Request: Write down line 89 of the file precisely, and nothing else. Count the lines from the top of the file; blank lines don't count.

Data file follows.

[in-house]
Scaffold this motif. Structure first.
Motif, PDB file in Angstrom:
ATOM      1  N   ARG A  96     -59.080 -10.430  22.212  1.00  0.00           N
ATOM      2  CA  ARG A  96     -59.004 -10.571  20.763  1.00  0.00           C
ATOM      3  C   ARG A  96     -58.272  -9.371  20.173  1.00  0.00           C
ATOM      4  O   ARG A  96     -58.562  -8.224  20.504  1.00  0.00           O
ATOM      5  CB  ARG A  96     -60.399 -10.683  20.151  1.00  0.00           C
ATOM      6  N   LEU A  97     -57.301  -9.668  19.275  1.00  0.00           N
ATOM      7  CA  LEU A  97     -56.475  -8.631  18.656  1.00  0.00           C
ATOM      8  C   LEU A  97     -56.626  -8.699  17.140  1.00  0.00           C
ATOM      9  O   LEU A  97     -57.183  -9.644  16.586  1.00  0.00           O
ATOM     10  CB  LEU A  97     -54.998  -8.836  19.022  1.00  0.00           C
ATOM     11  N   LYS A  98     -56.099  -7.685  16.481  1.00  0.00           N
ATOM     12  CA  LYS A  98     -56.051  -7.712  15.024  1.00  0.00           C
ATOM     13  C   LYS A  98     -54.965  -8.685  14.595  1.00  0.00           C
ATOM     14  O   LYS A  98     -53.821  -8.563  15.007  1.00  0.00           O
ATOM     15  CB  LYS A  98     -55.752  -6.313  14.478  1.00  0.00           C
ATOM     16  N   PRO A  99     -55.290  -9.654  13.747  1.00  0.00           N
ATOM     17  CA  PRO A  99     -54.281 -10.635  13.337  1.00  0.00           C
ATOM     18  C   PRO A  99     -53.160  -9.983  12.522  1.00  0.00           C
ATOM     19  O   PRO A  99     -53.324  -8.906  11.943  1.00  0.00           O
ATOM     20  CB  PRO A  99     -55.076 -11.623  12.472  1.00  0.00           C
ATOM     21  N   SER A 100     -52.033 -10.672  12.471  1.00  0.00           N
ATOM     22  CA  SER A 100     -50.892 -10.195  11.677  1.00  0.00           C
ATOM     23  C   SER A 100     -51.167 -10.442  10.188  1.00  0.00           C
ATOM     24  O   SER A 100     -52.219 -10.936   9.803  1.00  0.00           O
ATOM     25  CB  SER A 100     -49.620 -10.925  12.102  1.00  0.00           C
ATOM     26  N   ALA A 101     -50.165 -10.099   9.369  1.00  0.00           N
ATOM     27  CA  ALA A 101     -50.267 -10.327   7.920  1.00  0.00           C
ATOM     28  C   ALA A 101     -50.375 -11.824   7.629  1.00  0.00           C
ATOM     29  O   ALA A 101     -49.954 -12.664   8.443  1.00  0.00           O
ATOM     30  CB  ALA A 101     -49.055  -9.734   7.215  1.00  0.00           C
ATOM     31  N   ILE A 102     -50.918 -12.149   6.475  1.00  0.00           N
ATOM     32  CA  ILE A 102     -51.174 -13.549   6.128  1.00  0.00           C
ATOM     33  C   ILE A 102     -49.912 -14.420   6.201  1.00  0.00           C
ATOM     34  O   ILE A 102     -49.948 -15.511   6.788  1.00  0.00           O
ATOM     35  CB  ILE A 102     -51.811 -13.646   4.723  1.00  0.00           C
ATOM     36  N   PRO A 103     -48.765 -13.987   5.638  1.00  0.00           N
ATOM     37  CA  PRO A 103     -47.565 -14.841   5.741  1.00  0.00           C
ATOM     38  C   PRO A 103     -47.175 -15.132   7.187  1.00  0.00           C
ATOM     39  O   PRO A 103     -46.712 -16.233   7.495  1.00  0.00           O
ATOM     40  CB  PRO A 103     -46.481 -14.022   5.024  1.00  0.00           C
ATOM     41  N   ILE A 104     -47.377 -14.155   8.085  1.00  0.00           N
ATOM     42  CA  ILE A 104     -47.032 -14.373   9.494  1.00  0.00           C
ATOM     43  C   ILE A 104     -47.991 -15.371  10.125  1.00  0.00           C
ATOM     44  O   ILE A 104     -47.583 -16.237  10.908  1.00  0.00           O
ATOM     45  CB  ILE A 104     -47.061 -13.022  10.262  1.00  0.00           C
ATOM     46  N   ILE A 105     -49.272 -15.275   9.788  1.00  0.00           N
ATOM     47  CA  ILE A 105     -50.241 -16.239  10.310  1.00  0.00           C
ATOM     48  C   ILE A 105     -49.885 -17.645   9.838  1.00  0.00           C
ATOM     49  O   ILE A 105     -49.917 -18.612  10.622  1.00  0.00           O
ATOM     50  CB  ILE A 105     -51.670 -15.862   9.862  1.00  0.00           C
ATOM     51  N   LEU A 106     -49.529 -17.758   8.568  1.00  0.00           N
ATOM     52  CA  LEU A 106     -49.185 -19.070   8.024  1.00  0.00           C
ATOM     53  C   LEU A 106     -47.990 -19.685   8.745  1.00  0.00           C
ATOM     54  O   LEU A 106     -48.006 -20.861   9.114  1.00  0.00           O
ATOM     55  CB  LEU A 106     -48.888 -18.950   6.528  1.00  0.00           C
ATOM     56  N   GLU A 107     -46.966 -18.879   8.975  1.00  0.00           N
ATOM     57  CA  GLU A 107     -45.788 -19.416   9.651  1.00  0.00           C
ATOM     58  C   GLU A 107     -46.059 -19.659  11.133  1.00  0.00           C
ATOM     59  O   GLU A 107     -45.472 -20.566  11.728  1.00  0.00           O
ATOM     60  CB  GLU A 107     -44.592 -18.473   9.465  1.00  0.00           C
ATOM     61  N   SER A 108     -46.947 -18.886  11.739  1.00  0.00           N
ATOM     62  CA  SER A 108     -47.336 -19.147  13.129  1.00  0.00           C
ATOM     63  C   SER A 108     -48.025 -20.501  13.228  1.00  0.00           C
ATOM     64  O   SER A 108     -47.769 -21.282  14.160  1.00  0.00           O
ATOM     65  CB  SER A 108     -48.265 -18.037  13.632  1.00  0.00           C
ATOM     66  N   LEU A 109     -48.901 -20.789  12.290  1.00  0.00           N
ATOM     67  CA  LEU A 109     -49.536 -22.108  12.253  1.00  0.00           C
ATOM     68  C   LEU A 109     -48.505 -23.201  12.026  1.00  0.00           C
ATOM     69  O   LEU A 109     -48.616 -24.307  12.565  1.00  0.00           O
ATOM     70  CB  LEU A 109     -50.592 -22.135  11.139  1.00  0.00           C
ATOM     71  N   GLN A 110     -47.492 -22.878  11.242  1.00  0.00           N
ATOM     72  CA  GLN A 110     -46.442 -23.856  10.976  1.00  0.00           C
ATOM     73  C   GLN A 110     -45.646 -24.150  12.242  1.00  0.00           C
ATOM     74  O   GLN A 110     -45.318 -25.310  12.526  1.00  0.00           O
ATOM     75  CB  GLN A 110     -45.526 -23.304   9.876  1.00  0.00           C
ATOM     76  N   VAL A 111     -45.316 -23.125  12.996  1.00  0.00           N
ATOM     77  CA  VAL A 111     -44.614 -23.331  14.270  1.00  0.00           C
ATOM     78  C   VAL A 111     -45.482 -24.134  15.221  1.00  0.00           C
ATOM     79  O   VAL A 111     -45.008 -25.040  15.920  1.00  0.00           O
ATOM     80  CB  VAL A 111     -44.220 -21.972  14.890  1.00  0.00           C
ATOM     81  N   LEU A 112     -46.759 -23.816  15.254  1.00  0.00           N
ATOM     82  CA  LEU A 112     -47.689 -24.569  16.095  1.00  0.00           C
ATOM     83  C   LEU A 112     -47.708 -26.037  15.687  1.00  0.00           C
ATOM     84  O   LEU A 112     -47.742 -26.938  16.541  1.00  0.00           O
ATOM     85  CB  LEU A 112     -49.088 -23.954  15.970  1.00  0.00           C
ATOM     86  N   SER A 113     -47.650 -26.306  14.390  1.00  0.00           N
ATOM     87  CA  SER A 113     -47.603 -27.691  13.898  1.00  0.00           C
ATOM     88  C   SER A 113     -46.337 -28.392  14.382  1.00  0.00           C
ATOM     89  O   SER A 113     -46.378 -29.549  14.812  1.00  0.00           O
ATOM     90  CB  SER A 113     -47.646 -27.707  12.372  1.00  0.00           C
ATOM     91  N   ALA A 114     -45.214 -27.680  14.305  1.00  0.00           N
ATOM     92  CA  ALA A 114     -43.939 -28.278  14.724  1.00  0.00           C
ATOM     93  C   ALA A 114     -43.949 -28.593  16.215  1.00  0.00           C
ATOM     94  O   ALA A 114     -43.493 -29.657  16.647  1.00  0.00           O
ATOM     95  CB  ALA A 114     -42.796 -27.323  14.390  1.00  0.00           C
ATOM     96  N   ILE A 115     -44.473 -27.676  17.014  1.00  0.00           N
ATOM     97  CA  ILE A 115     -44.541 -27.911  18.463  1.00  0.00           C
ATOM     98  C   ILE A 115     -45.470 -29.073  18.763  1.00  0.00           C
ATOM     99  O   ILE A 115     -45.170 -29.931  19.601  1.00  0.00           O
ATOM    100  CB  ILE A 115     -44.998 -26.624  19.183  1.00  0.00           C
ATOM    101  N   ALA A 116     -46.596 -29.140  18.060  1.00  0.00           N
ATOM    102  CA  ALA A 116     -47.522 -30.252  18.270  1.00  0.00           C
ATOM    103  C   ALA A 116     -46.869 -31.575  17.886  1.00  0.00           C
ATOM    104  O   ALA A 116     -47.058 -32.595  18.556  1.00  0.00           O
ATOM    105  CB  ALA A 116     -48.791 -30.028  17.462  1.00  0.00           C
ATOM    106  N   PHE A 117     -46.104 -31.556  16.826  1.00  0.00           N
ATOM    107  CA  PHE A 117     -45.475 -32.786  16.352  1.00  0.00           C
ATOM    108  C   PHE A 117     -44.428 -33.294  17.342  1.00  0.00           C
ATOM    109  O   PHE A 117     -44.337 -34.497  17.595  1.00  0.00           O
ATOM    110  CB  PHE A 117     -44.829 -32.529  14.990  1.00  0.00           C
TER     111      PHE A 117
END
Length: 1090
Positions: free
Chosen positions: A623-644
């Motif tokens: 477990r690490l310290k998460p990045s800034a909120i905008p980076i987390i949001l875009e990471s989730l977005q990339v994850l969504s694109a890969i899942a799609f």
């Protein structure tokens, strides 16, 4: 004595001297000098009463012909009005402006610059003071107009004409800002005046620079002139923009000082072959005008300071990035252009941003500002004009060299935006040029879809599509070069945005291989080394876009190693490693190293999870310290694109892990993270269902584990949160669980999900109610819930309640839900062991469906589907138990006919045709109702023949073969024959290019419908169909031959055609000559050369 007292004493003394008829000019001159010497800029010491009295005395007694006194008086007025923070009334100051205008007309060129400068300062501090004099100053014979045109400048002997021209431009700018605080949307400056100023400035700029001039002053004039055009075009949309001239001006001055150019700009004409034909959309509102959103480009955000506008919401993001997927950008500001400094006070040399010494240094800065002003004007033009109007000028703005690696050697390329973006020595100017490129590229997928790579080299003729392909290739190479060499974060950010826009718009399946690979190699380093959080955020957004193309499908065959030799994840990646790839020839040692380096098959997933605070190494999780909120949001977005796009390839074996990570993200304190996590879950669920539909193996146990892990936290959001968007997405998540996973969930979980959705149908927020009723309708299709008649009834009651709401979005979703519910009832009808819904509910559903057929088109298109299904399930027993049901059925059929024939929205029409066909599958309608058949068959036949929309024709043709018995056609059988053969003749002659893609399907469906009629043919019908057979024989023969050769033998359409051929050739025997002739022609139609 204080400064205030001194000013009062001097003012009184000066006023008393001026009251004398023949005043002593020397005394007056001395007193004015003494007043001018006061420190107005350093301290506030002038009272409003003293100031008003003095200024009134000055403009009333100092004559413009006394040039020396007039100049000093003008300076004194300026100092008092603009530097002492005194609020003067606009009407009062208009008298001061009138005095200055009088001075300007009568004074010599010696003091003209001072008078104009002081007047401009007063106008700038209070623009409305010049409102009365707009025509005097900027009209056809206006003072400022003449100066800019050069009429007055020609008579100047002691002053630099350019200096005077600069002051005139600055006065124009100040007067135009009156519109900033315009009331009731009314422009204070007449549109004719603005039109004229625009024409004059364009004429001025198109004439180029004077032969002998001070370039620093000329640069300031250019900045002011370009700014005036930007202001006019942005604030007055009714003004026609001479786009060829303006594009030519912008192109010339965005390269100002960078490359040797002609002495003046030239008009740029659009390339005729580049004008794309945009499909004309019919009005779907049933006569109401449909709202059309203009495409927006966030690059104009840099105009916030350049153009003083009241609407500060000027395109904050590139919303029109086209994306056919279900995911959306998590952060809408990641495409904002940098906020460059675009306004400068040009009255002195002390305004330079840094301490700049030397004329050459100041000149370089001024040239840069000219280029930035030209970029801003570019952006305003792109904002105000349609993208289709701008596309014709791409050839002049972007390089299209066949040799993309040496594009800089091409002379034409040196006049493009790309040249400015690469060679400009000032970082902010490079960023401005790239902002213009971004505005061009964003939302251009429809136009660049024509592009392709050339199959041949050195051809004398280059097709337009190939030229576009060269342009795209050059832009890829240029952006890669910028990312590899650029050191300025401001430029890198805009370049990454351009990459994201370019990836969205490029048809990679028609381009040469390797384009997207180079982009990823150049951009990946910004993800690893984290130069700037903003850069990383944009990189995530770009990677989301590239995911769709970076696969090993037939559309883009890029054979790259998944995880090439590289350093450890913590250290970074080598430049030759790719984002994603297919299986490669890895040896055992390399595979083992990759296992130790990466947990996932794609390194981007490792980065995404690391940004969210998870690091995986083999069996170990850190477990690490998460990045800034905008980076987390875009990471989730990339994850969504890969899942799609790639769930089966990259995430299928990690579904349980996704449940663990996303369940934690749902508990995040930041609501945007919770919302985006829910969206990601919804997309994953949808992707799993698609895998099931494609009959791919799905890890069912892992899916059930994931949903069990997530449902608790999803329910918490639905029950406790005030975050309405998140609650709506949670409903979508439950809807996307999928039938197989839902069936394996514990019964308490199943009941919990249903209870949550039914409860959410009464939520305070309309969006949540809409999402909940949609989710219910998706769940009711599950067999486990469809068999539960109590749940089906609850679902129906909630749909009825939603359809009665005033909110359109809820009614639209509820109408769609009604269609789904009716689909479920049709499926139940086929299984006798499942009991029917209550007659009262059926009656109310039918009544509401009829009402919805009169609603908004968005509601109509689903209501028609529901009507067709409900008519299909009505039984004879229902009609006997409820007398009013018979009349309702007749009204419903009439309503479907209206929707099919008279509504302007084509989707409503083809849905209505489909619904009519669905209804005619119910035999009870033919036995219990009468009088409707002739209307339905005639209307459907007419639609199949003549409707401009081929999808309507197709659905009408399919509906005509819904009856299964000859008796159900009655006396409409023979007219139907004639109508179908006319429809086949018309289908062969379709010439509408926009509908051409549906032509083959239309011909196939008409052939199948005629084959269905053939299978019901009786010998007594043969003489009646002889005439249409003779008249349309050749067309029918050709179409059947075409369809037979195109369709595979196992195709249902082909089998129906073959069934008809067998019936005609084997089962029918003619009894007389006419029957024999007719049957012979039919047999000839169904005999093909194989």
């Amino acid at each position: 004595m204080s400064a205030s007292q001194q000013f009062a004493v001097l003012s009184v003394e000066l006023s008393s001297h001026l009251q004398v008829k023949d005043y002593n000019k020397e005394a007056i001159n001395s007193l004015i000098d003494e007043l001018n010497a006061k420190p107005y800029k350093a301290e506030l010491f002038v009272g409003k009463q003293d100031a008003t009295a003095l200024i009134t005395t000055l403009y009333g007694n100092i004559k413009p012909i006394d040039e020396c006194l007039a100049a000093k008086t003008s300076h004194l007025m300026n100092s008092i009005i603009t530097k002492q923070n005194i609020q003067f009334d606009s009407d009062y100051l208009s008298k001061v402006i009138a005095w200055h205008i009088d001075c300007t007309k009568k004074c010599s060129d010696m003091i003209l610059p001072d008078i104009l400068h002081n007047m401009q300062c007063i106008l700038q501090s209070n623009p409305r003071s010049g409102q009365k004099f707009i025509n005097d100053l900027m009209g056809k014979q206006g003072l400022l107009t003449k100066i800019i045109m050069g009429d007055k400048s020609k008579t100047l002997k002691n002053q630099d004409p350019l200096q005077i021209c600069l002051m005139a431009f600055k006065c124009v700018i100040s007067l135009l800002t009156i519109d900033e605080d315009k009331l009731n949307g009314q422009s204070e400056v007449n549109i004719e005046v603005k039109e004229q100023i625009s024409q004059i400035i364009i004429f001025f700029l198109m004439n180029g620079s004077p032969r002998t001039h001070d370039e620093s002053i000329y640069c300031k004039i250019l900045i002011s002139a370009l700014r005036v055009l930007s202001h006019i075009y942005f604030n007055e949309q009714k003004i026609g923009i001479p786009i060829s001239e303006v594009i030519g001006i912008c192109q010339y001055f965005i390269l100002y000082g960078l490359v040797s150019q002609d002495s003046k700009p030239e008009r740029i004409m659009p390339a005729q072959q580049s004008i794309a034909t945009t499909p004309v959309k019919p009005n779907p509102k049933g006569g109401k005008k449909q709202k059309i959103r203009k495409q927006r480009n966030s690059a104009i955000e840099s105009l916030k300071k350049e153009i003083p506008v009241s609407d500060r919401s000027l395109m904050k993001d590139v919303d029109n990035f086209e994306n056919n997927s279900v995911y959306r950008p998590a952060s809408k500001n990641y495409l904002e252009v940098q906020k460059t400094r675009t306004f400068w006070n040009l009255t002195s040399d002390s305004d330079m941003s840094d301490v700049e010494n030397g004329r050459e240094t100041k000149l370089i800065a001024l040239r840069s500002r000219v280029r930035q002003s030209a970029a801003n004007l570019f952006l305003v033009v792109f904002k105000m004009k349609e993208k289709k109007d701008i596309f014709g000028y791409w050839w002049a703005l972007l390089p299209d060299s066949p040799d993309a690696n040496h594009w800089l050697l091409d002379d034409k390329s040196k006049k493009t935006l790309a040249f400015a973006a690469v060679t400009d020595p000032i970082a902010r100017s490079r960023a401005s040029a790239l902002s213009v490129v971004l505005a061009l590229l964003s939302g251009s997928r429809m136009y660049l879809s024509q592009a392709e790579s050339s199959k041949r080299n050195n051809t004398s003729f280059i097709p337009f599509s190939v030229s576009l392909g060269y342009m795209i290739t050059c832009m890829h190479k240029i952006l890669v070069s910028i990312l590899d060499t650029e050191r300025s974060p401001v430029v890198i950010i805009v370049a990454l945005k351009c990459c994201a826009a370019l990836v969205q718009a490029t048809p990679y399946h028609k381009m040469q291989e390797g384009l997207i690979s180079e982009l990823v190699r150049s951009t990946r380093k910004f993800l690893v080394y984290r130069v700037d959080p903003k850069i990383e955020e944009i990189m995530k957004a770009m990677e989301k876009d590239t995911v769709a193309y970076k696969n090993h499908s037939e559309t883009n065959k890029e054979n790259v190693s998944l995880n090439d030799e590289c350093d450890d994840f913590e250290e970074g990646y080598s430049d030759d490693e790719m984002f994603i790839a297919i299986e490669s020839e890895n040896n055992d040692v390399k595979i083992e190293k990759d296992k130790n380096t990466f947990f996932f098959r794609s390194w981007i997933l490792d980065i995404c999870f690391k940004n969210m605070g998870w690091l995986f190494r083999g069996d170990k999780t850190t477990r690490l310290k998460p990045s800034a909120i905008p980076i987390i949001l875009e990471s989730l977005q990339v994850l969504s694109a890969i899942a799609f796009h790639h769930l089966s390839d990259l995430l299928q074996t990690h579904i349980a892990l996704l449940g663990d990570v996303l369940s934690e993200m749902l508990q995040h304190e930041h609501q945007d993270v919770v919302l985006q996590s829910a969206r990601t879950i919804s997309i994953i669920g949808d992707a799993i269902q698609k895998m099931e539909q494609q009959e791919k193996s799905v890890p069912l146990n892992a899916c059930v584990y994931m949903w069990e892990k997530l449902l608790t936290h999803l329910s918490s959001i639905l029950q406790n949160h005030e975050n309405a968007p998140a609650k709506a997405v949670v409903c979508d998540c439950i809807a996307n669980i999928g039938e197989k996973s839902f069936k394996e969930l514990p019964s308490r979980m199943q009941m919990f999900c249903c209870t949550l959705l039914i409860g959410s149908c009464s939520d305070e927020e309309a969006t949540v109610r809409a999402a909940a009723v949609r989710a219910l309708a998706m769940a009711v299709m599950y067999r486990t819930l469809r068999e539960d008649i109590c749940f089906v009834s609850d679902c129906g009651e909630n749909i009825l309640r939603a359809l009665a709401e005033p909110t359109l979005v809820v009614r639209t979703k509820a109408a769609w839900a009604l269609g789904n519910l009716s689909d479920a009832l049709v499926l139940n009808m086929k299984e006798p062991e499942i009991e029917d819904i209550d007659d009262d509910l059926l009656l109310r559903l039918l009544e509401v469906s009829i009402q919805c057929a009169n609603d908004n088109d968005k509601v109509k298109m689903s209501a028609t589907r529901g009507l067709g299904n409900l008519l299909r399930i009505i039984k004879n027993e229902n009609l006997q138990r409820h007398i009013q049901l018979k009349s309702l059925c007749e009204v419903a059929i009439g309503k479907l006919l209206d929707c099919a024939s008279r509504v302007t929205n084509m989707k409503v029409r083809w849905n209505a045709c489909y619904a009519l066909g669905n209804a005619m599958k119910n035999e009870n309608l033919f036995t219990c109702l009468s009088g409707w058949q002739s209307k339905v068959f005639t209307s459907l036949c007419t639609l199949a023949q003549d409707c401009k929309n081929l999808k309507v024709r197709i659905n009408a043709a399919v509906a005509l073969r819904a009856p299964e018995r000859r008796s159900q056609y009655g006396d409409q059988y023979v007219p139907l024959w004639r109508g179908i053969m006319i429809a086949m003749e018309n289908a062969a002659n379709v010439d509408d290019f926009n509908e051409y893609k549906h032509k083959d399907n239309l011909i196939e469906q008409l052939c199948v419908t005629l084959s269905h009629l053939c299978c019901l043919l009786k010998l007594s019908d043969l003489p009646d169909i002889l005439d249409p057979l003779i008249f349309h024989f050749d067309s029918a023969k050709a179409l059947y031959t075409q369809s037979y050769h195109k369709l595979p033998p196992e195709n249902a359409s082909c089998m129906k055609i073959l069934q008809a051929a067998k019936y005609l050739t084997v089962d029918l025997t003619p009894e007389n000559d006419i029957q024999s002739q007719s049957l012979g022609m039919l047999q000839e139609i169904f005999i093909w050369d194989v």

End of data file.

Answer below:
ATOM     86  N   SER A 113     -47.650 -26.306  14.390  1.00  0.00           N